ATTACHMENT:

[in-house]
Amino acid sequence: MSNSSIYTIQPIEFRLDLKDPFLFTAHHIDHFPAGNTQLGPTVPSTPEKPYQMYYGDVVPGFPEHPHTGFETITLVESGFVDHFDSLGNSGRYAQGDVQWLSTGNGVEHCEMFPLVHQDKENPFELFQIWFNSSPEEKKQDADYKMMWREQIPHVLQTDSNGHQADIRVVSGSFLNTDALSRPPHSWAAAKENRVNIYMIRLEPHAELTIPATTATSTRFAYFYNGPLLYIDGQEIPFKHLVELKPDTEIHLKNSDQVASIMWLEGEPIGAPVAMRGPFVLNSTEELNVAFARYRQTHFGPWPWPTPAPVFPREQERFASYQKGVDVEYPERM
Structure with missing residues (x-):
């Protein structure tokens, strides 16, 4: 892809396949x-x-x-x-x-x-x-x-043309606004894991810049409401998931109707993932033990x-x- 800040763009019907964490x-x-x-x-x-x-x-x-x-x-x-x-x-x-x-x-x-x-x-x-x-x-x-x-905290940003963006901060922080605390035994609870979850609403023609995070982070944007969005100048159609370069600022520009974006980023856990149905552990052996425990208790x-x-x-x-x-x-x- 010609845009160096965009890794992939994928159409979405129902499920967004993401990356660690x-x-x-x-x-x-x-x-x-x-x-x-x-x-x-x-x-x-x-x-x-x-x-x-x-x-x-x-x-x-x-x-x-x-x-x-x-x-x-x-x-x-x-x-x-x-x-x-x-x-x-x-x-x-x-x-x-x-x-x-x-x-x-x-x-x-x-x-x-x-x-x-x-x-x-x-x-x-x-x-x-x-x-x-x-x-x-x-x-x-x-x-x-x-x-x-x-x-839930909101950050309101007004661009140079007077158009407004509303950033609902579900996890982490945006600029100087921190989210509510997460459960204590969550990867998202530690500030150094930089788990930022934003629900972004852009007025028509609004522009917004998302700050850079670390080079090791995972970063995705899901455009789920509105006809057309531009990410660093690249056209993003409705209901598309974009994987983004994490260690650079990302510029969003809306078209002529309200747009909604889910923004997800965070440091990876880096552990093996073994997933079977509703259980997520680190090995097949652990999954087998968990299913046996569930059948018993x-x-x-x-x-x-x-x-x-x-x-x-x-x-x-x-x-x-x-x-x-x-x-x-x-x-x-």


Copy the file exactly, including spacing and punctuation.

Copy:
[in-house]
Amino acid sequence: MSNSSIYTIQPIEFRLDLKDPFLFTAHHIDHFPAGNTQLGPTVPSTPEKPYQMYYGDVVPGFPEHPHTGFETITLVESGFVDHFDSLGNSGRYAQGDVQWLSTGNGVEHCEMFPLVHQDKENPFELFQIWFNSSPEEKKQDADYKMMWREQIPHVLQTDSNGHQADIRVVSGSFLNTDALSRPPHSWAAAKENRVNIYMIRLEPHAELTIPATTATSTRFAYFYNGPLLYIDGQEIPFKHLVELKPDTEIHLKNSDQVASIMWLEGEPIGAPVAMRGPFVLNSTEELNVAFARYRQTHFGPWPWPTPAPVFPREQERFASYQKGVDVEYPERM
Structure with missing residues (x-):
């Protein structure tokens, strides 16, 4: 892809396949x-x-x-x-x-x-x-x-043309606004894991810049409401998931109707993932033990x-x- 800040763009019907964490x-x-x-x-x-x-x-x-x-x-x-x-x-x-x-x-x-x-x-x-x-x-x-x-905290940003963006901060922080605390035994609870979850609403023609995070982070944007969005100048159609370069600022520009974006980023856990149905552990052996425990208790x-x-x-x-x-x-x- 010609845009160096965009890794992939994928159409979405129902499920967004993401990356660690x-x-x-x-x-x-x-x-x-x-x-x-x-x-x-x-x-x-x-x-x-x-x-x-x-x-x-x-x-x-x-x-x-x-x-x-x-x-x-x-x-x-x-x-x-x-x-x-x-x-x-x-x-x-x-x-x-x-x-x-x-x-x-x-x-x-x-x-x-x-x-x-x-x-x-x-x-x-x-x-x-x-x-x-x-x-x-x-x-x-x-x-x-x-x-x-x-x-839930909101950050309101007004661009140079007077158009407004509303950033609902579900996890982490945006600029100087921190989210509510997460459960204590969550990867998202530690500030150094930089788990930022934003629900972004852009007025028509609004522009917004998302700050850079670390080079090791995972970063995705899901455009789920509105006809057309531009990410660093690249056209993003409705209901598309974009994987983004994490260690650079990302510029969003809306078209002529309200747009909604889910923004997800965070440091990876880096552990093996073994997933079977509703259980997520680190090995097949652990999954087998968990299913046996569930059948018993x-x-x-x-x-x-x-x-x-x-x-x-x-x-x-x-x-x-x-x-x-x-x-x-x-x-x-």